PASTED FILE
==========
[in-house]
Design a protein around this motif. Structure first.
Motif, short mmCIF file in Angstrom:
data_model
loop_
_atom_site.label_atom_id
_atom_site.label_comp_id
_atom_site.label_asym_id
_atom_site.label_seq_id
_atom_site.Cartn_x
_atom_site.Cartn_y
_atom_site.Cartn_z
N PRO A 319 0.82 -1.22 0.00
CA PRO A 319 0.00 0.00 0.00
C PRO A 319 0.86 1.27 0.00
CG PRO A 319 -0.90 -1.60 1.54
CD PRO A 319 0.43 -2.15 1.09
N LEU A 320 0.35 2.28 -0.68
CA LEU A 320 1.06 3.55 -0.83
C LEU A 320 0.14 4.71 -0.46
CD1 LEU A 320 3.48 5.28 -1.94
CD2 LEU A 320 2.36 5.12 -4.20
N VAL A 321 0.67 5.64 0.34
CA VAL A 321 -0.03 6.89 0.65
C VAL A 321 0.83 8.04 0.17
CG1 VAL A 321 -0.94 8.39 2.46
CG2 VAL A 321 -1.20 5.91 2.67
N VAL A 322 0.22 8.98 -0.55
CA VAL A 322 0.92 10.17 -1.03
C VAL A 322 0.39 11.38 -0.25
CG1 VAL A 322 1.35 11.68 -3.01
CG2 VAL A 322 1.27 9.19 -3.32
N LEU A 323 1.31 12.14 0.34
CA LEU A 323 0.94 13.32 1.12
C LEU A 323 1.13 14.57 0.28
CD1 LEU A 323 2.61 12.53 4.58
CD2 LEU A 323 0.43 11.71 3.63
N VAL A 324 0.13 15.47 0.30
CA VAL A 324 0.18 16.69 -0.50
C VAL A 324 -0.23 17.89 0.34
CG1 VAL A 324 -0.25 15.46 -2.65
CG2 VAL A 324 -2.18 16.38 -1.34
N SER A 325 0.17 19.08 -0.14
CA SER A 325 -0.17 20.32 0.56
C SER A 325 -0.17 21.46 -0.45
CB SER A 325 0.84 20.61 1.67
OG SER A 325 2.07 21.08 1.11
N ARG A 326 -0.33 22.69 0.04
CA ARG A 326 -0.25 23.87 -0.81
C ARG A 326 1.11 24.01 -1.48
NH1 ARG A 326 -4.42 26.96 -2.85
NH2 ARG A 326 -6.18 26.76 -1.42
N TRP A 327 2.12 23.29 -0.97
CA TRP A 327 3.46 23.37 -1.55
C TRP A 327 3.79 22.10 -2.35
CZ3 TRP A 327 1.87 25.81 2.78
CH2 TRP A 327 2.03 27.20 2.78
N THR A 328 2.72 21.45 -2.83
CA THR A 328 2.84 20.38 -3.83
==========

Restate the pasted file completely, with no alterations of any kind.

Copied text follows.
[in-house]
Design a protein around this motif. Structure first.
Motif, short mmCIF file in Angstrom:
data_model
loop_
_atom_site.label_atom_id
_atom_site.label_comp_id
_atom_site.label_asym_id
_atom_site.label_seq_id
_atom_site.Cartn_x
_atom_site.Cartn_y
_atom_site.Cartn_z
N PRO A 319 0.82 -1.22 0.00
CA PRO A 319 0.00 0.00 0.00
C PRO A 319 0.86 1.27 0.00
CG PRO A 319 -0.90 -1.60 1.54
CD PRO A 319 0.43 -2.15 1.09
N LEU A 320 0.35 2.28 -0.68
CA LEU A 320 1.06 3.55 -0.83
C LEU A 320 0.14 4.71 -0.46
CD1 LEU A 320 3.48 5.28 -1.94
CD2 LEU A 320 2.36 5.12 -4.20
N VAL A 321 0.67 5.64 0.34
CA VAL A 321 -0.03 6.89 0.65
C VAL A 321 0.83 8.04 0.17
CG1 VAL A 321 -0.94 8.39 2.46
CG2 VAL A 321 -1.20 5.91 2.67
N VAL A 322 0.22 8.98 -0.55
CA VAL A 322 0.92 10.17 -1.03
C VAL A 322 0.39 11.38 -0.25
CG1 VAL A 322 1.35 11.68 -3.01
CG2 VAL A 322 1.27 9.19 -3.32
N LEU A 323 1.31 12.14 0.34
CA LEU A 323 0.94 13.32 1.12
C LEU A 323 1.13 14.57 0.28
CD1 LEU A 323 2.61 12.53 4.58
CD2 LEU A 323 0.43 11.71 3.63
N VAL A 324 0.13 15.47 0.30
CA VAL A 324 0.18 16.69 -0.50
C VAL A 324 -0.23 17.89 0.34
CG1 VAL A 324 -0.25 15.46 -2.65
CG2 VAL A 324 -2.18 16.38 -1.34
N SER A 325 0.17 19.08 -0.14
CA SER A 325 -0.17 20.32 0.56
C SER A 325 -0.17 21.46 -0.45
CB SER A 325 0.84 20.61 1.67
OG SER A 325 2.07 21.08 1.11
N ARG A 326 -0.33 22.69 0.04
CA ARG A 326 -0.25 23.87 -0.81
C ARG A 326 1.11 24.01 -1.48
NH1 ARG A 326 -4.42 26.96 -2.85
NH2 ARG A 326 -6.18 26.76 -1.42
N TRP A 327 2.12 23.29 -0.97
CA TRP A 327 3.46 23.37 -1.55
C TRP A 327 3.79 22.10 -2.35
CZ3 TRP A 327 1.87 25.81 2.78
CH2 TRP A 327 2.03 27.20 2.78
N THR A 328 2.72 21.45 -2.83
CA THR A 328 2.84 20.38 -3.83